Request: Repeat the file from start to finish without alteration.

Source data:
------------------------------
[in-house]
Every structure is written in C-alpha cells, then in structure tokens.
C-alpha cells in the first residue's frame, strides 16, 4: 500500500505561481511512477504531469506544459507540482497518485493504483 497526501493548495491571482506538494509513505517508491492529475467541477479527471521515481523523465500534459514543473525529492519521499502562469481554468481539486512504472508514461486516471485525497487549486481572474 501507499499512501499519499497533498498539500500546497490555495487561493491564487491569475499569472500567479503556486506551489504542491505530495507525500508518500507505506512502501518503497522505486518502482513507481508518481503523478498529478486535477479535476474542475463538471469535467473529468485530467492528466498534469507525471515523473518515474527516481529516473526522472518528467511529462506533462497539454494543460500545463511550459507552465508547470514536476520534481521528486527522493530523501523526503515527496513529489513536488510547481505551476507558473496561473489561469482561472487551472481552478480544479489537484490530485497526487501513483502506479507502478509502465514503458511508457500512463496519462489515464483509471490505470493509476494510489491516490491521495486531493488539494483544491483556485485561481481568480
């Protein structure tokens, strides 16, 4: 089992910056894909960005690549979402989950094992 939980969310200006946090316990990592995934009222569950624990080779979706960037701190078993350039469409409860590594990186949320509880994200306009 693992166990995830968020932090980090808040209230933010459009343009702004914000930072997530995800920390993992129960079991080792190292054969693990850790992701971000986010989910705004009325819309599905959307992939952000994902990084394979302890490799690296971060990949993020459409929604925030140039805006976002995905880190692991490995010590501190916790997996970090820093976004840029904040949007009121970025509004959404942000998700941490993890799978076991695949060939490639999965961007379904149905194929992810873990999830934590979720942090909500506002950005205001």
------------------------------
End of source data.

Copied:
[in-house]
Every structure is written in C-alpha cells, then in structure tokens.
C-alpha cells in the first residue's frame, strides 16, 4: 500500500505561481511512477504531469506544459507540482497518485493504483 497526501493548495491571482506538494509513505517508491492529475467541477479527471521515481523523465500534459514543473525529492519521499502562469481554468481539486512504472508514461486516471485525497487549486481572474 501507499499512501499519499497533498498539500500546497490555495487561493491564487491569475499569472500567479503556486506551489504542491505530495507525500508518500507505506512502501518503497522505486518502482513507481508518481503523478498529478486535477479535476474542475463538471469535467473529468485530467492528466498534469507525471515523473518515474527516481529516473526522472518528467511529462506533462497539454494543460500545463511550459507552465508547470514536476520534481521528486527522493530523501523526503515527496513529489513536488510547481505551476507558473496561473489561469482561472487551472481552478480544479489537484490530485497526487501513483502506479507502478509502465514503458511508457500512463496519462489515464483509471490505470493509476494510489491516490491521495486531493488539494483544491483556485485561481481568480
């Protein structure tokens, strides 16, 4: 089992910056894909960005690549979402989950094992 939980969310200006946090316990990592995934009222569950624990080779979706960037701190078993350039469409409860590594990186949320509880994200306009 693992166990995830968020932090980090808040209230933010459009343009702004914000930072997530995800920390993992129960079991080792190292054969693990850790992701971000986010989910705004009325819309599905959307992939952000994902990084394979302890490799690296971060990949993020459409929604925030140039805006976002995905880190692991490995010590501190916790997996970090820093976004840029904040949007009121970025509004959404942000998700941490993890799978076991695949060939490639999965961007379904149905194929992810873990999830934590979720942090909500506002950005205001």